Doreen Brownstone, O.M.
September 28, 1922- December 16, 2022

On the morning of Friday, December 16, 2022, Doreen Brownstone, O.M. died peacefully in her sleep at the age of 100.

Doreen was a mainstay of Winnipeg‘s film and theatre scene, called both the “Grand Dame of Winnipeg Theatre” and Winnipeg‘s “Theatre Grandma,” reflecting the kind of warm inclusivity with which she approached her castmates who very often became friends.

Doreen started her acting career in theatre, and loved acting in theatre, but she was also a prolific film, TV and radio actor, and a passionately proud ACTRA member and staunch supporter and appreciator of the unions she belonged to. Later in her career she appreciated the opportunities film provided, including less memorization, which allowed her to continue working in film right up to the end (although she booked her last gig before the pandemic, she sent in her last self tape the same month she turned 100). Being able to continue to work was meaningful to Doreen, as was her connection to her vast theatre and film “family.” 

Doreen was born in Leeds, Yorkshire on September 28th, 1922, beloved second daughter of Mark and Jessie Stein, and welcome sister to Laura. The first of Doreen’s life-changing moments occurred when she received a scholarship to the Roundhay School for Girls, where among other things she learned to swim and dive. The next touchstone moments came during World War Two: First when, inspired by Winston Churchill‘s “We will fight on the beaches…“ speech at the age of 19, she joined the Royal Air Force; later when the chaplain at the RAF Halton station informed her she was going to be in a play, thus introducing her to acting for the first time; and finally meeting and marrying Billy Brownstone in 1945, leading to her coming to Winnipeg, Canada as a war bride in 1946.

In the mid 1950s, already the mother of three young children, Doreen became involved with John Hirsch’s Theatre 77, taking theatre classes and appearing in small roles, and understudying many roles (she was a very quick study who would memorize everyone’s lines just by being in rehearsal). Theatre 77 and Winnipeg’s Little Theatre joined together in 1958, forming Manitoba Theatre Centre. Doreen played opposite Gordon Pinsent in MTC’s inaugural production (A Hatful of Rain) in 1958 — the very first production at the very first regional theatre in North America.

Immediately following A Hatful of Rain, Doreen took many years off from acting to raise her children and support her family working as a swimming teacher. In the late 1960s, Doreen re-entered acting, first through community theatre productions, and then with the help and encouragement of fellow ACTRA member the late Lou Kliman (whom she referred to as her unofficial agent) got opportunities to work in radio for CBC. Doreen joined ACTRA in August 1974 when she was, amazingly, already 51!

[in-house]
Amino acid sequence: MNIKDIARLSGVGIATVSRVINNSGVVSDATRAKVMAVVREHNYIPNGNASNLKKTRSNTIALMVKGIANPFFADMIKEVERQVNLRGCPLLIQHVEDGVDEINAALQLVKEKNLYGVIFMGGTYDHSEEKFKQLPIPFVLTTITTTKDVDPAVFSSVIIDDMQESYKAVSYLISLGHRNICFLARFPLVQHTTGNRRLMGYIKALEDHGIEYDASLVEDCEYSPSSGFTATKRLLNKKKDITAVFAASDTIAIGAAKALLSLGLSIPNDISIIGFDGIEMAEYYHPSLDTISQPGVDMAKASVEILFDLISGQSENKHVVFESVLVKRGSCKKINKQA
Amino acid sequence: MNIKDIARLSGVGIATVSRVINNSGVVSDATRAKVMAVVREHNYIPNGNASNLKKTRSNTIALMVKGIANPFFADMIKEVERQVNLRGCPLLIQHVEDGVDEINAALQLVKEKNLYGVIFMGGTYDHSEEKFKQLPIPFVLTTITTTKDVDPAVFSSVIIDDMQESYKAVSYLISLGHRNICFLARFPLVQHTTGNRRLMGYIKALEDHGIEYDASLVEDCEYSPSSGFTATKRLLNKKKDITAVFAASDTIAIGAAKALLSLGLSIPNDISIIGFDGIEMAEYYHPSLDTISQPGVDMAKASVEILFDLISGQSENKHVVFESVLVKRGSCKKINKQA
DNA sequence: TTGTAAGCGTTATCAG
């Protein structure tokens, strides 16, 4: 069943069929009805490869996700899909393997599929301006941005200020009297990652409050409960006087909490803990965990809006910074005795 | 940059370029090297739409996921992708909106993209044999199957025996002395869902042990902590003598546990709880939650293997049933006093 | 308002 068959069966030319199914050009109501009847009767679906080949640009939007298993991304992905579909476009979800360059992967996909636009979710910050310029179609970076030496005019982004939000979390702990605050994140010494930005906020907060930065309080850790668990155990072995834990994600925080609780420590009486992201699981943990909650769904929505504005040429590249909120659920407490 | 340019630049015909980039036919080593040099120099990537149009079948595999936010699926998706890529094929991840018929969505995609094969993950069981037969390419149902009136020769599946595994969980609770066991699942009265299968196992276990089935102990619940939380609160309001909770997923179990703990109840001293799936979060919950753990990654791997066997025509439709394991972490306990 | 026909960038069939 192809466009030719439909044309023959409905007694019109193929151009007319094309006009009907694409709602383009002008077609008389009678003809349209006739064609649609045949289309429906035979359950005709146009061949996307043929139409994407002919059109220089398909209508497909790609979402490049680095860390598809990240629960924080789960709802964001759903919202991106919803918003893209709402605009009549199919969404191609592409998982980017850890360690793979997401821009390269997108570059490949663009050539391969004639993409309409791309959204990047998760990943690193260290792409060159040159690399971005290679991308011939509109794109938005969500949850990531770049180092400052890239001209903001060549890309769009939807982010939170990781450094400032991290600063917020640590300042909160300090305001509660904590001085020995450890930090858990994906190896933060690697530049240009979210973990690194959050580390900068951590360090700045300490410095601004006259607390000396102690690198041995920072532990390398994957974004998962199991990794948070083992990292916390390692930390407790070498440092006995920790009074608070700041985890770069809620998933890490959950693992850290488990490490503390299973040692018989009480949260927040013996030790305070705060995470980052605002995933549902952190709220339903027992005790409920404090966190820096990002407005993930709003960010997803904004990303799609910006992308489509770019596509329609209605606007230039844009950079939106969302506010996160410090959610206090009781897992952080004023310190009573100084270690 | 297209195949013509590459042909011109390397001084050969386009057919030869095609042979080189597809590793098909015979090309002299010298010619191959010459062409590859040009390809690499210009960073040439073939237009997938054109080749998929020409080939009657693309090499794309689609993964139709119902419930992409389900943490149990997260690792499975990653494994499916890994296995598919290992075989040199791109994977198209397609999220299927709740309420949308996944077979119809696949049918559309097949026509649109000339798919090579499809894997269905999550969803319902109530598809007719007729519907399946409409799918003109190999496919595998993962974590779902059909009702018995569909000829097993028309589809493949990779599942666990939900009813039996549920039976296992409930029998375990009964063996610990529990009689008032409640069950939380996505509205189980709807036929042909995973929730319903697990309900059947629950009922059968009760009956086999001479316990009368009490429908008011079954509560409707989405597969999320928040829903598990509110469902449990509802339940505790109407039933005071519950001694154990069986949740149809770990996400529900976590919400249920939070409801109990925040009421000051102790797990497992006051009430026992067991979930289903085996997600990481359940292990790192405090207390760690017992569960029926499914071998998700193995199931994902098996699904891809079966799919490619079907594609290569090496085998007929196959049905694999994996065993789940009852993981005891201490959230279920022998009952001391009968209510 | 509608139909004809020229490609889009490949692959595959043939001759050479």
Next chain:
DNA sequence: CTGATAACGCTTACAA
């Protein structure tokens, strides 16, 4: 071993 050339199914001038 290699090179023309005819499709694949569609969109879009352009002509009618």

Doreen’s credit list offers a fascinating look into the ebbs and flows of the Canadian theatre and film industries. For instance, in 1974, Doreen was part of the Winnipeg cast of the trans-regional CBC soap opera House of Pride, which was about a family spread across several Canadian cities, and production occurred in each of those cities, with a local cast in each location. 

One of my personal favourites of Doreen’s credits is the movie True Confections (1991), produced by Roy Krost and directed by Gail Singer, based on Sondra Gotlieb’s novel of the same name. It’s a fantastic little film starring Leslie Hope and Kyle McCulloch which showed at the 2021 Gimli Film Festival.

One of Doreen’s final screen credits was in the horror series Channel Zero playing Grandma Peach, the mother of the late Rutger Hauer’s character Joseph. I was her assistant on set one day when they were filming a scene in which she was alone at a long table, and was to improvise some gibberish. I was standing at a monitor next to the Executive Producer as Doreen gave this charming, hilarious and unexpected performance, and we all had to work very hard to stay silent until the Director called “cut”. 

Doreen was a kind, hilarious, generous person with a core of steel and a sense of her own worth. In 2017, she was inducted into the Order of Manitoba for her contributions to our cultural fabric — an honour of which she was deservedly very, very proud.

I suspect I echo the thoughts of many of her other friends and colleagues when I say I learned so much from her over the years and I am better for having known her. 

Stefanie Wiens
ACTRA Manitoba member

Donations in Doreen’s memory can be made to the Actors’ Fund of Canada or Jewish Child and Family Service.

Photo of Doreen Brownstone by Leif Norman